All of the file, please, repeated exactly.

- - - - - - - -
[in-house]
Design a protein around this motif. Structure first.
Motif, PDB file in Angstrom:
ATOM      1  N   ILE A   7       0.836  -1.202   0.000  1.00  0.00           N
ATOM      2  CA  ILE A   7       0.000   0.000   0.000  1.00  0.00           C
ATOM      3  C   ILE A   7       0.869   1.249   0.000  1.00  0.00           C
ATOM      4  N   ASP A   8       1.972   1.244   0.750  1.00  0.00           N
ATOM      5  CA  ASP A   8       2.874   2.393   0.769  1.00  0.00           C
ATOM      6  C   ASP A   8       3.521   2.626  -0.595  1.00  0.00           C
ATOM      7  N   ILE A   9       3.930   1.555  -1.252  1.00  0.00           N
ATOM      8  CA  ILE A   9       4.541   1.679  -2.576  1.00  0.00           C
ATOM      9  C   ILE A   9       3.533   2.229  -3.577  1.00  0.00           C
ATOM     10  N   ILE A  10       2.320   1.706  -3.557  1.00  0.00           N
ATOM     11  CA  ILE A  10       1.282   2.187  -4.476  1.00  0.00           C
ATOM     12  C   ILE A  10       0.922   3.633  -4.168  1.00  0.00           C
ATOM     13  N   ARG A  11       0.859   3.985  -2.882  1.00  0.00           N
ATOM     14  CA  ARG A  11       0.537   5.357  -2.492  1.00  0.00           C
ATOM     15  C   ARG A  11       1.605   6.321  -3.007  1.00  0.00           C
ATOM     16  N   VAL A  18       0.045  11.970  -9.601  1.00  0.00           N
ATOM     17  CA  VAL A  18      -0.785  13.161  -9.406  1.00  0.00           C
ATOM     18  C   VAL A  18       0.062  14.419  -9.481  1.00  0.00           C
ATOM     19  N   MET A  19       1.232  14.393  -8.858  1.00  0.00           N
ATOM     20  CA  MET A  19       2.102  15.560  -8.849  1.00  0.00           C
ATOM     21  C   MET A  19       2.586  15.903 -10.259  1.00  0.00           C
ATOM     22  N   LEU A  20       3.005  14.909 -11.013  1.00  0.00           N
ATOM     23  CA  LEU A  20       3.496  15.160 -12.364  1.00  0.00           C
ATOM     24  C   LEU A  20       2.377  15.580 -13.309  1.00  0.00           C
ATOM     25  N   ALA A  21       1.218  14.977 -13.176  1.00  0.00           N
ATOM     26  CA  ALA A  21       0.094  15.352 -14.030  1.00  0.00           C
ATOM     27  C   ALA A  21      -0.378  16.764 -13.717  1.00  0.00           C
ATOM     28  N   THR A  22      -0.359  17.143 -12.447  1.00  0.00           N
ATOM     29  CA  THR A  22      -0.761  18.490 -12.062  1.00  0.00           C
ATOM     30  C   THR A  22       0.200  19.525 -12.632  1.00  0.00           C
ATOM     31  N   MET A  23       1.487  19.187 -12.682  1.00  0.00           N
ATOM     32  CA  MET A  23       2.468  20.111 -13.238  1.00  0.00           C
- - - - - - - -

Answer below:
[in-house]
Design a protein around this motif. Structure first.
Motif, PDB file in Angstrom:
ATOM      1  N   ILE A   7       0.836  -1.202   0.000  1.00  0.00           N
ATOM      2  CA  ILE A   7       0.000   0.000   0.000  1.00  0.00           C
ATOM      3  C   ILE A   7       0.869   1.249   0.000  1.00  0.00           C
ATOM      4  N   ASP A   8       1.972   1.244   0.750  1.00  0.00           N
ATOM      5  CA  ASP A   8       2.874   2.393   0.769  1.00  0.00           C
ATOM      6  C   ASP A   8       3.521   2.626  -0.595  1.00  0.00           C
ATOM      7  N   ILE A   9       3.930   1.555  -1.252  1.00  0.00           N
ATOM      8  CA  ILE A   9       4.541   1.679  -2.576  1.00  0.00           C
ATOM      9  C   ILE A   9       3.533   2.229  -3.577  1.00  0.00           C
ATOM     10  N   ILE A  10       2.320   1.706  -3.557  1.00  0.00           N
ATOM     11  CA  ILE A  10       1.282   2.187  -4.476  1.00  0.00           C
ATOM     12  C   ILE A  10       0.922   3.633  -4.168  1.00  0.00           C
ATOM     13  N   ARG A  11       0.859   3.985  -2.882  1.00  0.00           N
ATOM     14  CA  ARG A  11       0.537   5.357  -2.492  1.00  0.00           C
ATOM     15  C   ARG A  11       1.605   6.321  -3.007  1.00  0.00           C
ATOM     16  N   VAL A  18       0.045  11.970  -9.601  1.00  0.00           N
ATOM     17  CA  VAL A  18      -0.785  13.161  -9.406  1.00  0.00           C
ATOM     18  C   VAL A  18       0.062  14.419  -9.481  1.00  0.00           C
ATOM     19  N   MET A  19       1.232  14.393  -8.858  1.00  0.00           N
ATOM     20  CA  MET A  19       2.102  15.560  -8.849  1.00  0.00           C
ATOM     21  C   MET A  19       2.586  15.903 -10.259  1.00  0.00           C
ATOM     22  N   LEU A  20       3.005  14.909 -11.013  1.00  0.00           N
ATOM     23  CA  LEU A  20       3.496  15.160 -12.364  1.00  0.00           C
ATOM     24  C   LEU A  20       2.377  15.580 -13.309  1.00  0.00           C
ATOM     25  N   ALA A  21       1.218  14.977 -13.176  1.00  0.00           N
ATOM     26  CA  ALA A  21       0.094  15.352 -14.030  1.00  0.00           C
ATOM     27  C   ALA A  21      -0.378  16.764 -13.717  1.00  0.00           C
ATOM     28  N   THR A  22      -0.359  17.143 -12.447  1.00  0.00           N
ATOM     29  CA  THR A  22      -0.761  18.490 -12.062  1.00  0.00           C
ATOM     30  C   THR A  22       0.200  19.525 -12.632  1.00  0.00           C
ATOM     31  N   MET A  23       1.487  19.187 -12.682  1.00  0.00           N
ATOM     32  CA  MET A  23       2.468  20.111 -13.238  1.00  0.00           C